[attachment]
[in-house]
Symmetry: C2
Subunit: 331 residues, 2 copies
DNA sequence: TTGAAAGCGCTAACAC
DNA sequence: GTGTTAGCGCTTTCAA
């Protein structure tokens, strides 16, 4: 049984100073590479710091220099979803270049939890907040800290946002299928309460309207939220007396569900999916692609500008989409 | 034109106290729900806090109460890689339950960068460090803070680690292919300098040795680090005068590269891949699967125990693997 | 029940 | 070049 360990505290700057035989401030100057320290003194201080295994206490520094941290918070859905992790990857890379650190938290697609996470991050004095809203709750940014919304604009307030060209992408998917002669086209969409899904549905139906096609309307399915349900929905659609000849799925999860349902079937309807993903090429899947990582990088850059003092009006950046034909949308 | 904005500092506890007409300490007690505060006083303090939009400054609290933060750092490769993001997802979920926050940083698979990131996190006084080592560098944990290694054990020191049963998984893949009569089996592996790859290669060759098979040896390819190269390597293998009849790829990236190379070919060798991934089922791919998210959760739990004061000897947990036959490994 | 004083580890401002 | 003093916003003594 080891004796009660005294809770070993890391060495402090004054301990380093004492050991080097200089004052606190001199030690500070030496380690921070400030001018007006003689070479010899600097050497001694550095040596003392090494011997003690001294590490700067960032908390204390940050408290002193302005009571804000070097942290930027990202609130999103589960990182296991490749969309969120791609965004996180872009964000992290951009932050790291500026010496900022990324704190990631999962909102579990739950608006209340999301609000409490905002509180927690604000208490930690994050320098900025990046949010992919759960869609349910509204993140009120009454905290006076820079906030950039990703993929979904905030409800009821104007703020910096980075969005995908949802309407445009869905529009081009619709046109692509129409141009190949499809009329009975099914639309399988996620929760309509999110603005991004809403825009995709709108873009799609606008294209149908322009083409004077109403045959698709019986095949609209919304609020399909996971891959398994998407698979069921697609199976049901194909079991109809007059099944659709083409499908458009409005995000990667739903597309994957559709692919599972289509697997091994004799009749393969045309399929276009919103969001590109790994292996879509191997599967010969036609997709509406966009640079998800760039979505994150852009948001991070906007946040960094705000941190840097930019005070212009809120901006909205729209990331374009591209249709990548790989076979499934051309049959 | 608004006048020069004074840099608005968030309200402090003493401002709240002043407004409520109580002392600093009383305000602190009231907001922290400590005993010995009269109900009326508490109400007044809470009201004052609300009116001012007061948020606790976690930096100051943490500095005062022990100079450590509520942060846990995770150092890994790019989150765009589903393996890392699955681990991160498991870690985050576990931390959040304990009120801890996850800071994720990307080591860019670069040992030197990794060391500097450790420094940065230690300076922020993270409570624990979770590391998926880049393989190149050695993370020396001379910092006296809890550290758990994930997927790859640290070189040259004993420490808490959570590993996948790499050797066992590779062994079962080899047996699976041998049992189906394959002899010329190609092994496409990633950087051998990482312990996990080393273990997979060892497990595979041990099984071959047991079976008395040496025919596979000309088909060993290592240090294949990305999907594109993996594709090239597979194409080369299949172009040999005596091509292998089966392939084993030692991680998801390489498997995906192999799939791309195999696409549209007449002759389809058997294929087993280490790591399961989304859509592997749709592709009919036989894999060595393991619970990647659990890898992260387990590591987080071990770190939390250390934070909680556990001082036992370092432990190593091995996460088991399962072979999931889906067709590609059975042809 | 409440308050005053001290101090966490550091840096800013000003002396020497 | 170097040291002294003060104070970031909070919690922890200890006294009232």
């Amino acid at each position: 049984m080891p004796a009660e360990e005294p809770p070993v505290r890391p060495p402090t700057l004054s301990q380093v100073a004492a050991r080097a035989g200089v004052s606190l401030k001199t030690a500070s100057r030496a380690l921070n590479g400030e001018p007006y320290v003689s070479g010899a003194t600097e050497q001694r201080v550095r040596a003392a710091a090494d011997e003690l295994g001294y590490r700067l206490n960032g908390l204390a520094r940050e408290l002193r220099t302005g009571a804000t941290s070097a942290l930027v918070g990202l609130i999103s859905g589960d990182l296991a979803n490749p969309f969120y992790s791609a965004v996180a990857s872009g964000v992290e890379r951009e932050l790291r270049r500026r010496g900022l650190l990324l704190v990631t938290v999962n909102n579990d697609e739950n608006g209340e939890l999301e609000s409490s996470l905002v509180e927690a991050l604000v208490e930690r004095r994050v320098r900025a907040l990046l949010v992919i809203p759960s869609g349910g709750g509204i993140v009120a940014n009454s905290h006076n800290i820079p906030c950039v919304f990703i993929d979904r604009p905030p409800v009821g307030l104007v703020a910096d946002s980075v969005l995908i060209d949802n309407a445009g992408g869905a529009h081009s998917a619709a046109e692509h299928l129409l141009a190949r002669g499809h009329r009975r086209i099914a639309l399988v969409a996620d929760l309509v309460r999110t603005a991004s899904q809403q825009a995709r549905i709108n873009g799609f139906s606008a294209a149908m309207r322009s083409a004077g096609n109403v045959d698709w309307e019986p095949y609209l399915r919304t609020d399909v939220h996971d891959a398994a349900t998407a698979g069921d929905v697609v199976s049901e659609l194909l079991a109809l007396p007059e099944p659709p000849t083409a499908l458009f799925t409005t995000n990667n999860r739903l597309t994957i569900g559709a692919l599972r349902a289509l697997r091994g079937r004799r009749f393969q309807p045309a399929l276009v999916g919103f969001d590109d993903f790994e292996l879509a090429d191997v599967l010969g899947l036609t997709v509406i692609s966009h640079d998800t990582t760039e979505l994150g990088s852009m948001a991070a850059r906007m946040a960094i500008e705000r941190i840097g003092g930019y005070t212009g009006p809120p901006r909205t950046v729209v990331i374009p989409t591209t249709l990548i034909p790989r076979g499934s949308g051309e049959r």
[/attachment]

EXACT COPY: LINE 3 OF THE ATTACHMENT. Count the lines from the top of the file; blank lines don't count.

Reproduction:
Subunit: 331 residues, 2 copies